Jean-Pierre Dardenne

Two Days One Night

“The only way to stop crying is to fight for your job.” One can rarely accuse Belgian filmmakers Jean-Pierre and Luc Dardenne of cutting to the chase, but less than ten minutes pass in Two Days, One Night before Manu (Fabrizio Rongione) plainly explains to Sandra (Marion Cotillard) — and the viewer — what she must do: spend the weekend convincing her colleagues that they should forsake their bonuses so she can keep her job at a local solar panel manufacturer. It’s the closest thing the Dardennes have had to a high-concept premise. These Belgian brothers specialize in unscored, handheld dramas about their country’s working class, and while Days is no exception in its naturalistic depiction of low-key economic concerns, it does offer a simple hook and a bonafide movie star. One can hardly say the same for L’Enfant or The Kid with a Bike (no offense, Cécile De France). However, said hook can be a hard one to swallow. Unless European companies specialize in pitting their employees against one another, the premise is both contrived and repetitive, as Sandra must urge a majority of sixteen co-workers to leave their much-needed thousand-Euro bonuses on the table. It’s not their fault, after all, that boss Dumont (Baptiste Sornin) has forced them to make such a harsh choice, or that foreman Jean-Marc (Olivier Gourmet) has convinced some that they’ll be on the chopping block should she stay.

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Michael Haneke on set of Amour (Love)

As we all know, “Palme d’Or” is French for Feather Button Hand of Gold Achievement. Or something. Google Translate wasn’t loading this morning. Regardless, it’s as prestigious as awards get, although it hilariously almost never lines up with the Oscars (for good reason). Past winners include Barton Fink, Taxi Driver, MASH, The Third Man, Black Orpheus, La Dolce Vita, The Wind That Shakes the Barley and nearly one hundred other films that should be on a rental queue somewhere. That list also includes Michael Haneke‘s The White Ribbon which took the price in 2009 and, as of yesterday, his latest film Love (Amour). That’s 2 wins for the director in 4 competition years. It ties him for Most Palmes d’Or Ever (no director has won more than two), where he joins Alf Sjoberg (Iris and the Lieutenant, Miss Julie); Francis Ford Coppola (The Conversation, Apocalypse Now); Bille August (Pelle the Conqueror, The Best Intentions); Emir Kusturica (When Father Was Away on Business, Underground); Shohei Imamura (The Eel, The Ballad of Narayama); and The Dardenne Brothers (Rosetta, The Child). It’s a stellar achievement deserving of a long standing ovation than the one that The Paperboy got. The full list of winners (from the festival website) is as follows:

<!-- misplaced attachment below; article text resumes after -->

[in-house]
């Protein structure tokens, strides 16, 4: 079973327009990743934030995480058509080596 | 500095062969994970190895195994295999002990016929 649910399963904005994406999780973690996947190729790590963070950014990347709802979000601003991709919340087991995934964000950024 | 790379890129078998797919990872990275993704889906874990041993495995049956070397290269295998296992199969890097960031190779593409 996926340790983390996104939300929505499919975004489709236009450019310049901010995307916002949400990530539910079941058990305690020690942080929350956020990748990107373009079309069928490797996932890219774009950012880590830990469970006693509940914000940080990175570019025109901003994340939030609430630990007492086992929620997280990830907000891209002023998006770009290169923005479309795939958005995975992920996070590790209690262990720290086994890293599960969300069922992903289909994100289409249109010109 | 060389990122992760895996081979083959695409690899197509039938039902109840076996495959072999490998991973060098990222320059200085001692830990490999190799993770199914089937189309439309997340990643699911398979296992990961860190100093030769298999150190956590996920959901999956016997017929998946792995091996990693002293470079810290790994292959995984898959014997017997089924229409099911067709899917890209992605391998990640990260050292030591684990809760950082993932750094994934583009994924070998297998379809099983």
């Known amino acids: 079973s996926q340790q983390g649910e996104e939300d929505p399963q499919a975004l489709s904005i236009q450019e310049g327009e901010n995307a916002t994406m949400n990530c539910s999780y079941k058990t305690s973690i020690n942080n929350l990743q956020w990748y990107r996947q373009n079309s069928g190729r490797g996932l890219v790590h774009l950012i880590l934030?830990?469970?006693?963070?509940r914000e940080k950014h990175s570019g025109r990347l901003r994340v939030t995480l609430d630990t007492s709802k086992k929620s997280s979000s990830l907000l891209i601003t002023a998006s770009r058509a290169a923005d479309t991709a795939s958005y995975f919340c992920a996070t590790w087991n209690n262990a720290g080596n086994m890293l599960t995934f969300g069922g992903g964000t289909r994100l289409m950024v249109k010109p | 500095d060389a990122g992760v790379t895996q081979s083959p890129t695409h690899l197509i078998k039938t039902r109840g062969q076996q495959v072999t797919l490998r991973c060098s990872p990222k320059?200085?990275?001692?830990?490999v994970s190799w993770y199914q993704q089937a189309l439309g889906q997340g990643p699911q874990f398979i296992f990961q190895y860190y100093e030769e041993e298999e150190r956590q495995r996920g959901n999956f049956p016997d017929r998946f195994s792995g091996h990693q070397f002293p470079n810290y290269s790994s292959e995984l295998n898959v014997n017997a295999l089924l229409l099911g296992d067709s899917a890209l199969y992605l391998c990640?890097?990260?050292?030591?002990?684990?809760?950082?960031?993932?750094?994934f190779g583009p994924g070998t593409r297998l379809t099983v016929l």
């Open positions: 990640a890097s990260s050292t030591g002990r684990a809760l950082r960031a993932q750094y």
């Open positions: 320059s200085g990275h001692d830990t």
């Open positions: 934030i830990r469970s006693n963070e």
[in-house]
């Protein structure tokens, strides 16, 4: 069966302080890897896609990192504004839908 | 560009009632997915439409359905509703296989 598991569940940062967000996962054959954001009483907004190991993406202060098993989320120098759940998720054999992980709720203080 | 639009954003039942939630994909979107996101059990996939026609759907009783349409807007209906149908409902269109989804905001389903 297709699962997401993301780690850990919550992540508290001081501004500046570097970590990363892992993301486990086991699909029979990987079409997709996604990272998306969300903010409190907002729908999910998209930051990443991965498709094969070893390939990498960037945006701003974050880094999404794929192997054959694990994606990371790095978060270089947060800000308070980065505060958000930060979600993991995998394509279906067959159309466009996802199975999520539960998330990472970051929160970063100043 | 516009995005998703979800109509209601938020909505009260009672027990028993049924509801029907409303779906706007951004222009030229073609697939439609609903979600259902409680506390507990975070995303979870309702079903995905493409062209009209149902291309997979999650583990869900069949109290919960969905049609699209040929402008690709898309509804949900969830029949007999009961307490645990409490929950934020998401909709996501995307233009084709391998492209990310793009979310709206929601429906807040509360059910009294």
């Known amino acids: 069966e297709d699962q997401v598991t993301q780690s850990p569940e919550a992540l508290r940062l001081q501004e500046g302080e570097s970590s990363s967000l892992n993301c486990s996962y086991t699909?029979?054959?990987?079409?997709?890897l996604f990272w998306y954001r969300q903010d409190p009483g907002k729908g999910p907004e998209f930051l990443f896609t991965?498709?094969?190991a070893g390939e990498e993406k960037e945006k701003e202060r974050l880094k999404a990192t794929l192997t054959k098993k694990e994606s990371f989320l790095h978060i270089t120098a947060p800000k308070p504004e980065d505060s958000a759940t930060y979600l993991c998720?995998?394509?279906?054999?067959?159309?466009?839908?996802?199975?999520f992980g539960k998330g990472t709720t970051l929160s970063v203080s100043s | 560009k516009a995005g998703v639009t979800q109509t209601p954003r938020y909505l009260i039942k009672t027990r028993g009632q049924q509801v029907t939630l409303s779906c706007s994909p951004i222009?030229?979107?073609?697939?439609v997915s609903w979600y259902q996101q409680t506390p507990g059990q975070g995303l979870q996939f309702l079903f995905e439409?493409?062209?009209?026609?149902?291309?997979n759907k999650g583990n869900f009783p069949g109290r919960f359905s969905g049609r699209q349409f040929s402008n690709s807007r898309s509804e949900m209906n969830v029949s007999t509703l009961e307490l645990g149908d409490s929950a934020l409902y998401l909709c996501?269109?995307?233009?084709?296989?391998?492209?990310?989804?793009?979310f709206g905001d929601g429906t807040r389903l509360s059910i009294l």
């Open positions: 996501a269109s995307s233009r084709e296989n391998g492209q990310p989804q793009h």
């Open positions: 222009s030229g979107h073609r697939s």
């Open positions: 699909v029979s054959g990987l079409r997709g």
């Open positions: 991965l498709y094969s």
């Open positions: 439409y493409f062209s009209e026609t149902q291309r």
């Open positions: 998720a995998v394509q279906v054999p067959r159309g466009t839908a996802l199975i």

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With this year’s Cannes Film Festival quickly coming round the bend, now’s as good a time as any to officially start the FSR pre-festival coverage, and as if by magic, perhaps sensing that I was about to do so, the good folks on the south coast of France have announced that Tim Roth will lead the jury of the festival’s secondary competition. The Un Certain Regard competition seeks to offer films with some intriguing hook or selling point, setting a different tone to the main competition and occasionally unearthing some genuine gems thanks to its agenda of championing new talents. It is that competition that the British actor, famed for such roles as Reservoir Dogs and lately Lie To Me, will preside over, perhaps bringing his own stamp to affairs. So, we can probably expect violence and facial intensity to play a big part – and if Roth’s own The War Zone is anything to go by, we can also expect another trip down the abuse avenue that featured so heavily in the films screened last year.

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Foreign Objects - Large

Cyril is looking for his dad. The boy was dropped off at a state-run foster home by his father and told it was just a temporary thing while the man got his act together financially. But the days became weeks, and now when Cyril tries calling he gets a recording that the line has been disconnected. He runs away from the home eventually making his way back to where he used to live. But his father is long gone. The Kid With a Bike offers up a sad story, but it avoids melodrama through honest writing, beautiful acting and Cyril’s sheer force of will. The boy refuses to accept his abandonment at face value and pursues the truth regardless of the walls erected in his way. It’s alternately heartbreaking and hopeful, and it’s never less than engaging. Most surprising for a simple drama, the movie is easily one of the year’s most suspenseful as Cyril’s fate and future hang precariously in the balance.

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